Next are shows called the Mastermind Effect. There are paid ones. There are free ones. It depends what you’re looking for. Masterminds are great ways in order to be around other people from other industries who are at the forefront of what they do. Learn from them. You’re getting out of that singular lane. Check it out.
Lastly, I came across an article in Forbes and it was by Andy Kramer. She wrote a great article called “How to Network from Home” and why it’s so important. It really centered around women. What I can say is that we should all read it to learn about someone else’s perspective on networking and the challenges people face. It’s a great article on networking by Andy Kramer and Forbes.
One of the other areas is that we don’t realize the true value behind networking. What do I mean by that? Well, we only network with those in our industry. That’s good. You can learn a lot but that gives us that senior lane. If we expand outside of that network, we’re able to come back and maybe be one of those visionaries that’s bringing outside influence ideas. Me, the guy that went to his first networking event that the bank sent them to, I was there just to say I showed up. That was it. I found many people that go to networking events and they’re literally there just to say, “I was here.” It doesn’t do you any good.
We say we can’t afford it. But can you really afford not to think about that? Here are a couple things. When it comes to realizing the value behind networking and picking the right network to be around, make sure that your values align with that network. If not, you’re going to show up and you’ll realize quickly you don’t belong, you don’t fit in, and it’s not what you’re looking for. Make sure your values align with whatever that networks are. Talk to some of the members and see what they’ve gotten out of it. Reach out to them. There are plenty of free groups out there. There are free articles for groups that you can find.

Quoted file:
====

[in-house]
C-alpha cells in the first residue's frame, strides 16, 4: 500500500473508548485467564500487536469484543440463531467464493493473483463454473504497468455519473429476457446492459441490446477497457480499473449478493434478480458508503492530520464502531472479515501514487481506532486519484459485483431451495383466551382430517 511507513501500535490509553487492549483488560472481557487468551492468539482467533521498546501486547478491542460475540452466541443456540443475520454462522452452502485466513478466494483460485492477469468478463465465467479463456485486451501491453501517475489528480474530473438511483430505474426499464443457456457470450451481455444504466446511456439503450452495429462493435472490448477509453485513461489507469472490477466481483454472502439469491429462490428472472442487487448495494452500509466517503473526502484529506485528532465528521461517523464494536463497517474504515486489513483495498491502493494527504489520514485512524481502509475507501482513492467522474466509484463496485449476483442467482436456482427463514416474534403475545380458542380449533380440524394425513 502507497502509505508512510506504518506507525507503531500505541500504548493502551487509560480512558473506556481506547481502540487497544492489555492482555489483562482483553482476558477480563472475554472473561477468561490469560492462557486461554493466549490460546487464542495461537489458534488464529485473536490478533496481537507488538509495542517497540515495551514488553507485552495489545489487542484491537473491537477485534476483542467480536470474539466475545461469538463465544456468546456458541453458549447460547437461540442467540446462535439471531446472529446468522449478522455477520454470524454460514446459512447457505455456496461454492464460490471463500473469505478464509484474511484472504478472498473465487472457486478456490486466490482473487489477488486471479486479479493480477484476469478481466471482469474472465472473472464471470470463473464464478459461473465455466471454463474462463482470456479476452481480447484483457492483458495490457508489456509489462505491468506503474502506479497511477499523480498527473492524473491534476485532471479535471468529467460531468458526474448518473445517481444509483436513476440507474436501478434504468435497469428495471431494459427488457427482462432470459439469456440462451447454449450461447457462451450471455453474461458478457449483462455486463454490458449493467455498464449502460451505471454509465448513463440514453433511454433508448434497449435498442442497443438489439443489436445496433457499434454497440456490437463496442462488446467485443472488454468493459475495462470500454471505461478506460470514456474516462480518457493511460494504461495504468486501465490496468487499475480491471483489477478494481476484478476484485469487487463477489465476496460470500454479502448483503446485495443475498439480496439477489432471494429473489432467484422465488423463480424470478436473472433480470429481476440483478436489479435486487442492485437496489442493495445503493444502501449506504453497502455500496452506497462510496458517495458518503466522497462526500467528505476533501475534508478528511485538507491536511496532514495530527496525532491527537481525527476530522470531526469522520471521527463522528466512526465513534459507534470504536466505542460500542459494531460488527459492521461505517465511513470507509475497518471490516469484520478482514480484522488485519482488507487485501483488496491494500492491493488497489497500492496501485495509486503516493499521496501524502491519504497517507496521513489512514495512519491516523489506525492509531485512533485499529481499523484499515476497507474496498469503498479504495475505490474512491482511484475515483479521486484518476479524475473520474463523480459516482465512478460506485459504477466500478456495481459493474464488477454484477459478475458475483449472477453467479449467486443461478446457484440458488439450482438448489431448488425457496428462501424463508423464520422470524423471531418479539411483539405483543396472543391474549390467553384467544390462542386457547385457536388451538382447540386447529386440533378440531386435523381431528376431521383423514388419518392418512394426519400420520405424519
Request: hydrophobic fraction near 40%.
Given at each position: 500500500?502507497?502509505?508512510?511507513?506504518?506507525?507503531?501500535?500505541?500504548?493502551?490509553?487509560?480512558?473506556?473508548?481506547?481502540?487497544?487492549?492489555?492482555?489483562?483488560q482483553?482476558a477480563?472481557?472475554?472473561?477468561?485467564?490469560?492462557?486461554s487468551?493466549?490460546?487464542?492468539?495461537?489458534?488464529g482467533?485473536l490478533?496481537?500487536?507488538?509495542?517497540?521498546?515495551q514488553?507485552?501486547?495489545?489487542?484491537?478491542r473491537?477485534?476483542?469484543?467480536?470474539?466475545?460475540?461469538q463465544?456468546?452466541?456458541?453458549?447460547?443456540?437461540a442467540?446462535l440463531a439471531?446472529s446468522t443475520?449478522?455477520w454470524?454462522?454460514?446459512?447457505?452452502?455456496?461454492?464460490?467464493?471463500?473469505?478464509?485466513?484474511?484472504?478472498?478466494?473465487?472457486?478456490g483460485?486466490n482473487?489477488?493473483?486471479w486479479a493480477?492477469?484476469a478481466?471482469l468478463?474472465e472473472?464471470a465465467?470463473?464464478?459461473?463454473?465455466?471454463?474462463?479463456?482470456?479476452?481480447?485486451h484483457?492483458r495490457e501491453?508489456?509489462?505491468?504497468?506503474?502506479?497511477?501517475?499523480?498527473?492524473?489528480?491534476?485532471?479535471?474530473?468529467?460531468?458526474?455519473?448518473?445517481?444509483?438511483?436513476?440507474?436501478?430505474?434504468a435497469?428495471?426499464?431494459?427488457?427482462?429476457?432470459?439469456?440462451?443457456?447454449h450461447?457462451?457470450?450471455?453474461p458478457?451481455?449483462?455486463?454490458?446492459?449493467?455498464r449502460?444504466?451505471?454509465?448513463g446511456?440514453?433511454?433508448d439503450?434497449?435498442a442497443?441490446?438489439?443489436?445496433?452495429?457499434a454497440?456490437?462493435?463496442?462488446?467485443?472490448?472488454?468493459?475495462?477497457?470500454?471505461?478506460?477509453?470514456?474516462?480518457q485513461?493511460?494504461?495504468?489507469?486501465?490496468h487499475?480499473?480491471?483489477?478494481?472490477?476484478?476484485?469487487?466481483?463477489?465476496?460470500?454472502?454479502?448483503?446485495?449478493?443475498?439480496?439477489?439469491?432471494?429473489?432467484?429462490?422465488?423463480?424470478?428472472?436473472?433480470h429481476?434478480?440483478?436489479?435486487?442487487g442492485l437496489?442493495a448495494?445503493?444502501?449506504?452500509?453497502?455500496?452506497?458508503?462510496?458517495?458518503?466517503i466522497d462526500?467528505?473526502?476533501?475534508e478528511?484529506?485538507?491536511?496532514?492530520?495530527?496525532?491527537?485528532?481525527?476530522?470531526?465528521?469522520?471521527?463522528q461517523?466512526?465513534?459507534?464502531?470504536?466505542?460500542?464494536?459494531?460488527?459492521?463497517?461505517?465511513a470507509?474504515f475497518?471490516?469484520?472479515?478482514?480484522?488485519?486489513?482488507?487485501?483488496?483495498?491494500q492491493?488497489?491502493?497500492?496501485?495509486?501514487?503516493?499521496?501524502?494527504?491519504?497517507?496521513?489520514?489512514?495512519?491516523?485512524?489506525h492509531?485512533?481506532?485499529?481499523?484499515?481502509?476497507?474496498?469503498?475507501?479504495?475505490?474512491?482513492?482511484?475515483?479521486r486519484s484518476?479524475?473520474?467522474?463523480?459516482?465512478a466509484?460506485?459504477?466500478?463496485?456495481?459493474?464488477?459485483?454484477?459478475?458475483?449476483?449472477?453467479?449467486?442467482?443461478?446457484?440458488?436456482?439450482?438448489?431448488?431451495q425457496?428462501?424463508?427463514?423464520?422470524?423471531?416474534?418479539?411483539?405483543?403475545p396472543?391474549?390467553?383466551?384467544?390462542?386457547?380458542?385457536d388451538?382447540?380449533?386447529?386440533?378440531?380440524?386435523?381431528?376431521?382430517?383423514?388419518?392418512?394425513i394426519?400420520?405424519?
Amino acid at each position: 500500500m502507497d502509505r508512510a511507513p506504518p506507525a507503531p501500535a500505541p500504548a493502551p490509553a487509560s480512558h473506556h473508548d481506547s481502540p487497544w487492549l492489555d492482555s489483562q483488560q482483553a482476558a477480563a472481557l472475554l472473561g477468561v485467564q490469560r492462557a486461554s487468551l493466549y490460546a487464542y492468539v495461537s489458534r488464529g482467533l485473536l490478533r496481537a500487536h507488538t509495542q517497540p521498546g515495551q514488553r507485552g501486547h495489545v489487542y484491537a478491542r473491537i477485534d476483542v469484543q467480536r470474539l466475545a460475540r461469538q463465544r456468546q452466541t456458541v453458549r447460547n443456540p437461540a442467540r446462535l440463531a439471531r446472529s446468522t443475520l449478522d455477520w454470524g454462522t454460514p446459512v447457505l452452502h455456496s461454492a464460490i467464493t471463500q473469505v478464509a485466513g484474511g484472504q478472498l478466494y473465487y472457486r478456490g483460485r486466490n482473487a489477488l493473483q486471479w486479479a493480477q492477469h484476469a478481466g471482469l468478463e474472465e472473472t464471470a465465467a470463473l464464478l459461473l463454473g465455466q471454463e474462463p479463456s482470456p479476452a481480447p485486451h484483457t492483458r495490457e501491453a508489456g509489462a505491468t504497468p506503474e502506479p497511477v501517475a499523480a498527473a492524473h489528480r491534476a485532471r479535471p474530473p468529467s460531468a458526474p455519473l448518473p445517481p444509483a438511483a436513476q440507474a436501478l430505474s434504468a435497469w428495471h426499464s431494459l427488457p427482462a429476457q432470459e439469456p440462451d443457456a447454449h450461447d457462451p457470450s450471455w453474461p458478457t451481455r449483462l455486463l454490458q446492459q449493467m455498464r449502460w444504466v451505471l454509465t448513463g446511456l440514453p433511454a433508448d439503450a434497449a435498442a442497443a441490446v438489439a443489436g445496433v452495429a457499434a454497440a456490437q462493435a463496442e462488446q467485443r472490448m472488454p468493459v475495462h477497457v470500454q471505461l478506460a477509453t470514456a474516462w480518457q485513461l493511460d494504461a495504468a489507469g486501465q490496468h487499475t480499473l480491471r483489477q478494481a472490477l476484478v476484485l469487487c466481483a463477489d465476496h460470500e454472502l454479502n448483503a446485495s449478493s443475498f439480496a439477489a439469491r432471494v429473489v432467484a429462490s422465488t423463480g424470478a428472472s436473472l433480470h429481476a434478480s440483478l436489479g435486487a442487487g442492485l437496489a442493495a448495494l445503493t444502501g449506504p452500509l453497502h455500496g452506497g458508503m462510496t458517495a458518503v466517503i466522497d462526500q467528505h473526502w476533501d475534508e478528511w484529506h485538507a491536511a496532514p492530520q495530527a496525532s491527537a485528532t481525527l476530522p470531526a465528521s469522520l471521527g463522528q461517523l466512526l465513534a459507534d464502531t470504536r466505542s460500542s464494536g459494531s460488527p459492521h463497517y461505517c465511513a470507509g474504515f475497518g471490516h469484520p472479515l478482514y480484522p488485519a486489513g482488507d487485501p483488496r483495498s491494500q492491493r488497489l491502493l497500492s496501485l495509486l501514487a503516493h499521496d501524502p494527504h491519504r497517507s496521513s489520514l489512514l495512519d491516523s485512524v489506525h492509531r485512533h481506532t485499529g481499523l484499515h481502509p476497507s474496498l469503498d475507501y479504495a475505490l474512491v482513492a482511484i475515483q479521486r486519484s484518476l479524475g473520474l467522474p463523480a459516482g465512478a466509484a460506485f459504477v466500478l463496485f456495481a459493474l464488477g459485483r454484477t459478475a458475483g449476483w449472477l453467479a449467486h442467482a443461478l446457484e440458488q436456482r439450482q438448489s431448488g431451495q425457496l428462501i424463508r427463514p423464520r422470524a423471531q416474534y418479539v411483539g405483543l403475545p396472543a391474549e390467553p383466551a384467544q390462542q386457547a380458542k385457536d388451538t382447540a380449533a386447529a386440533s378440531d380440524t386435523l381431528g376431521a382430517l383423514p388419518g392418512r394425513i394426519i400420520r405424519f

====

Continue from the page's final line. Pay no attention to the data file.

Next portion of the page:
Last, but not the least, the GPF (goal plan flow) . We haven’t created the goal plan flow. We go into it and we’re thinking things will just fall into place. It’ll just happen, just by happenstance. We’re trying to get out of our own skin. It’s not the situation. It’s really my lack of motivation because we didn’t have a goal plan flow. And sometimes, we’d go alone to these events. If we’re an introvert, it’s really tough to get out of our shell if we don’t have someone that can bridge the gap between being uncomfortable and being around people that we don’t know—to actually find your way into a conversation as if we were there with someone. Let’s talk about the GPF. Have a goal. What does that look like? Who do I want to meet? If my goal when I go there is who do I want to meet, am I looking to meet a customer, other friends to network with, or other people in my industry? Have what that goal is before you even get there. Have a plan where am I going to spend my morning session, my midday, my afternoon. Will I go to a speaker session? Am I looking again to meet customers and grow friendships? Have that plan built out. Lastly, go with the flow. There are so many times that if it doesn’t happen the way that we are looking for it to work in our favor, we just flipped out. If a session doesn’t start on time or if the group that I was supposed to meet doesn’t work out the way it is, go with the flow. You will find far fewer stresses and you’ll be able to escape that anxiety that can build up in us by creating the GPF—goal plan flow.
These are my thoughts. I’d love to hear yours as well. I’ll see you on the next solo show.
Main Takeaway — the Common Problems With Networking:
- We’re never really taught or trained to network.
- We don’t realize the true value behind networking.
- We haven’t created the goal, plan, flow.
- We go to events without someone who will push us out of our shell.
Resources to Help You Network:
- – Bluefishing by Steve Sims
- – Build Your Network Group
- – How to Network from Home (And Why It’s So Important) By Andie Kramer